No sooner had Lionel Messi hoisted the World Cup aloft, Gareth Southgate had indirectly confirmed that it would be another four years before England had the faintest hope of collecting a major gong.
It all rather summed up where not just football is but where we all are in general.
Messi, arguably the greatest player of his era, had a good tournament in flashes but in terms of consistent performances hardly a great one. In the final itself, he had his pocket picked on more than one occasion, with one of those leading directly to a goal.
Of course, he received the Golden Ball, but that’s how FIFA rolls.
However, in the new world, achieving greatness at any point equates to the achievement of iconic status, which the hangers-on will milk for eternity in the hope that some transferable grains of stardust will stick. It’s not the performances that now make Messi great but the hype of those who gag for the survival of the Messi legend, so they can still be part of the story.
Similarly, ‘great’ or indeed anything on the spectrum of ‘good’ is defined in comparison with what was previously awful. Gareth – it’s never ‘Southgate’ to the client journalist panels comprising sycophantic former England journeymen – is lauded for his tournament achievements as the most successful since 1966.
And that’s not a position entirely without merit. Results are results, and you can only ever beat what’s in front of you. No problem with congratulations being offered for improvement, but let’s not dress that up as excellence.
Our steaming, brown problem is that our conclusions about In-ger-lund rarely flow from any qualitative assessment of intrinsic merit. If it’s good, it’s because it’s better than some of the shite we’ve previously endured.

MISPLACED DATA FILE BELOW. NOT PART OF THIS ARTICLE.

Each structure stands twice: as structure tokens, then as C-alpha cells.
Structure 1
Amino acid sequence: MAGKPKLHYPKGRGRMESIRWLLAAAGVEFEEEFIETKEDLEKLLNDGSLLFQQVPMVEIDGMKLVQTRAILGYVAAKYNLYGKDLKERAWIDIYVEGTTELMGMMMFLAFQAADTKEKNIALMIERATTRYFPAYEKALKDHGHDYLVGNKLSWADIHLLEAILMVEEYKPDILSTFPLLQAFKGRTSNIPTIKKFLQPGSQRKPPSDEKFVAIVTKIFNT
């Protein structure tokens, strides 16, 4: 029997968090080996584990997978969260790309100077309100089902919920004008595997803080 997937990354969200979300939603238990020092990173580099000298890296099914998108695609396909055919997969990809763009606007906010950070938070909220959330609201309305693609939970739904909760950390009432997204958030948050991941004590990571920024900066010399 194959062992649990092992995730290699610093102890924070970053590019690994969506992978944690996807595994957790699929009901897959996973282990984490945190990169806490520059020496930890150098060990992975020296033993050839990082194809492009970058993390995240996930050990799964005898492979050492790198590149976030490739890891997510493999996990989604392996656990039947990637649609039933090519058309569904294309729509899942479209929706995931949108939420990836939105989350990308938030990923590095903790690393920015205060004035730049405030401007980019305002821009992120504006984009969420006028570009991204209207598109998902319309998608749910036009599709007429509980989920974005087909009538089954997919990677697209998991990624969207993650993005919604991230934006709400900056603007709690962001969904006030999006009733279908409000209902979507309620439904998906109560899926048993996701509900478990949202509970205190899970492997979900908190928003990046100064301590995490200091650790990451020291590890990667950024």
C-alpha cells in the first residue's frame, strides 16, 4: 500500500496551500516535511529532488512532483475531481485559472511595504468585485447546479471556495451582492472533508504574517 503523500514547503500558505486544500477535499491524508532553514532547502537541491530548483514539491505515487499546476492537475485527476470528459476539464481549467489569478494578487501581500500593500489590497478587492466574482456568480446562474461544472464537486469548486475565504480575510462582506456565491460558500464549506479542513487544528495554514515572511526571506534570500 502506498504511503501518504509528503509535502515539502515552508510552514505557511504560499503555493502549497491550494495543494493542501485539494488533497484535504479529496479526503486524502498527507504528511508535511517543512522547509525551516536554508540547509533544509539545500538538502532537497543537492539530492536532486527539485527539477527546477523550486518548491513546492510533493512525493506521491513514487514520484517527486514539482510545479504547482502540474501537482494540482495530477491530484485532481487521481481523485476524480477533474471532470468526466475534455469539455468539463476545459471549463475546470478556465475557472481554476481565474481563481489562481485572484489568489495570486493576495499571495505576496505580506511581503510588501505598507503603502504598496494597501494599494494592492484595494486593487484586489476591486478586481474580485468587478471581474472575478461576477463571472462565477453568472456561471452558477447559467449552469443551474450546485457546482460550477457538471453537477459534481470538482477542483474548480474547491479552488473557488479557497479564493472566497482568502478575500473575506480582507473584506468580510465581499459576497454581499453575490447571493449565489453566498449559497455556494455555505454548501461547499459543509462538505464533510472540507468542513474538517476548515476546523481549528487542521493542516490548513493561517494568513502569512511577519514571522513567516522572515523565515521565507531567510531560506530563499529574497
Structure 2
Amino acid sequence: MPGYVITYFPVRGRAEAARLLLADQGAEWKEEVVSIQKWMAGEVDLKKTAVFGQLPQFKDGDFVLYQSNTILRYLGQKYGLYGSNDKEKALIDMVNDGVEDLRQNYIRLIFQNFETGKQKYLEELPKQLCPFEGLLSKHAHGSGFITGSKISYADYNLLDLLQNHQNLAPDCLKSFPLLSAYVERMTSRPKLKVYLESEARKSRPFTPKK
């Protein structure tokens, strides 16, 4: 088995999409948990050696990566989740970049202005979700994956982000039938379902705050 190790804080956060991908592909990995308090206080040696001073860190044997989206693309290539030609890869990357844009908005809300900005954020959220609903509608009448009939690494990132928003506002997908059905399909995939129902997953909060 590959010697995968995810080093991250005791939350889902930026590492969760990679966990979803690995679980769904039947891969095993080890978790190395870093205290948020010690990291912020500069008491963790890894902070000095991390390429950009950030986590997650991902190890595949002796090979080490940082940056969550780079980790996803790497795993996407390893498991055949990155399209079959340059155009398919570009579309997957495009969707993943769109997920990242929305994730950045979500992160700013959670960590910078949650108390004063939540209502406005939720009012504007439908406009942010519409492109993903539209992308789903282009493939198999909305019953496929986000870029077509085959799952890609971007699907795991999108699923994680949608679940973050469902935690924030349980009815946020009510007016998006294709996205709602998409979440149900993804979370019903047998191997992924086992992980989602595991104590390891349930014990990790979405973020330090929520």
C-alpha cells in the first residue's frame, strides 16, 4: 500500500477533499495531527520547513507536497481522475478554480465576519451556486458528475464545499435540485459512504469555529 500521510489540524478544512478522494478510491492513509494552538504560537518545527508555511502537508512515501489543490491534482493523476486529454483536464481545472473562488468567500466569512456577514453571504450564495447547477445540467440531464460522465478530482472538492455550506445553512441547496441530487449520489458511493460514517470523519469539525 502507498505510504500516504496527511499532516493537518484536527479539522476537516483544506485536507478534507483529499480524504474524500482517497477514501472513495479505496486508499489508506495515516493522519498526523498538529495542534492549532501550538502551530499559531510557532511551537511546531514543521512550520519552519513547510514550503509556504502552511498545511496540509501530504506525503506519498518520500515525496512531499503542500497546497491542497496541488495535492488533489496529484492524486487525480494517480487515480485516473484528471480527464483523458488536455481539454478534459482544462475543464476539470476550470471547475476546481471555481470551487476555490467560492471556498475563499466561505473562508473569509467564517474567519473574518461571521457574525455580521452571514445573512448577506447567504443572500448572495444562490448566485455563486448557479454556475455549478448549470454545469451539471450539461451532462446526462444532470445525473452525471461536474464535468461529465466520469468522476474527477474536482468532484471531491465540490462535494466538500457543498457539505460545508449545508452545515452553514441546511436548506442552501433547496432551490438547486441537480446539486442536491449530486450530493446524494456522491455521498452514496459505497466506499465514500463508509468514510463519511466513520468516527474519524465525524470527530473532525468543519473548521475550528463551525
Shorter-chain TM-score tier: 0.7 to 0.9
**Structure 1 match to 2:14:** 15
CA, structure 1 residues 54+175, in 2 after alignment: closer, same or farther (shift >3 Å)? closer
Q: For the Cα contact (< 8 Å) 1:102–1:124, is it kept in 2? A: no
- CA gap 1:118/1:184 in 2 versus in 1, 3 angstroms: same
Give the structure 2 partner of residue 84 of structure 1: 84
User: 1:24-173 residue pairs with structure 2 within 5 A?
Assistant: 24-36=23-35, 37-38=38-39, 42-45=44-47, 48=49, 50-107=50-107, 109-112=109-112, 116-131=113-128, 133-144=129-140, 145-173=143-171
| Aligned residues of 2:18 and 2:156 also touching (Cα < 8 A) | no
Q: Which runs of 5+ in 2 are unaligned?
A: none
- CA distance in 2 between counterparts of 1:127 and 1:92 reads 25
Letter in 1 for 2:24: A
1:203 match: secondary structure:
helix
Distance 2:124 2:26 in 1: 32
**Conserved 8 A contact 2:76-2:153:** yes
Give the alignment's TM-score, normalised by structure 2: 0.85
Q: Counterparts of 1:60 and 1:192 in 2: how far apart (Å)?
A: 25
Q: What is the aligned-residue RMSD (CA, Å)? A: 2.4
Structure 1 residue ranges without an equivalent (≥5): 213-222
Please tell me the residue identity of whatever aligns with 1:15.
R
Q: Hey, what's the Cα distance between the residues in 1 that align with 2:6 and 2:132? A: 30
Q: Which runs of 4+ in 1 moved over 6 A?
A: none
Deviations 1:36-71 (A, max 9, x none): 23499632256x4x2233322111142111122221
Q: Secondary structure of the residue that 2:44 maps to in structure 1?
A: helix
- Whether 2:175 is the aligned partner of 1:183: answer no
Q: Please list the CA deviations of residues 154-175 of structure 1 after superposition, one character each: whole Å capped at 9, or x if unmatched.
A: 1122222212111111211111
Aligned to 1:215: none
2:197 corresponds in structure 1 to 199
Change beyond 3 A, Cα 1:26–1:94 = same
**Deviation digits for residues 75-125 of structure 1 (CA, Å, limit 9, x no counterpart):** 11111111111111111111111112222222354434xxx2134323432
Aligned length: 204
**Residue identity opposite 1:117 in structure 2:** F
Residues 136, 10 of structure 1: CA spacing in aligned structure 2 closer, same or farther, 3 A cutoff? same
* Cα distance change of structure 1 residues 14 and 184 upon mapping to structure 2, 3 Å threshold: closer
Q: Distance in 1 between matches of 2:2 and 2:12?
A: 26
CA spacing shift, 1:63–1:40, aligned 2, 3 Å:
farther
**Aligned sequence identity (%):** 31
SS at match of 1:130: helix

More objective scrutiny would see that the most talented crop of players in several generations came up well short off the back of three largely collapsed draws. Some magnificent games, yes. Stellar accomplishment and a paradigm shift, well no.
Eighteen months ago, I ate some humble pie as we appeared to be on the cusp of the next level. Alas, we’ve now put the pedal to the metal on the reverse gas. The progress went so far, but it must be recognised that Euro 2020 was the peak for the current set-up.
That backwards step has to get you wondering whether any old manager might have achieved the same result I’m Qatar and the previous tournaments? It does rather seem that we are always going to get dicked when facing even a half-decent team, and you might argue that 2018 Croatia, 2021 Italy, and the 2022 quarter-final version of France didn’t even rise to those lofty heights.
It’s not unique to football. Motorists will flock to the pumps to fill up with £1.49-per-litre unleaded, forgetting the days when they would wince at £1.14. It’s because we’ve become accustomed to £1.95 per litre and have long forgotten that 70p per litre was just about acceptable. In the same vein, we’ve lost our handle on what a proper football team looks like, and we’re willing to accept any old crap delivered by a manager who couldn’t stop Middlesbrough getting relegated.
We’re even willing to think that Keir Starmer might have what it takes after a period of May, Johnson, Truss, and Sunak. Who would have thought we would ever have lamented the ousting of John Major and Gordon Brown?
Would the last person to leave please turn out the lights? Unless, of course, a power cut does it for us.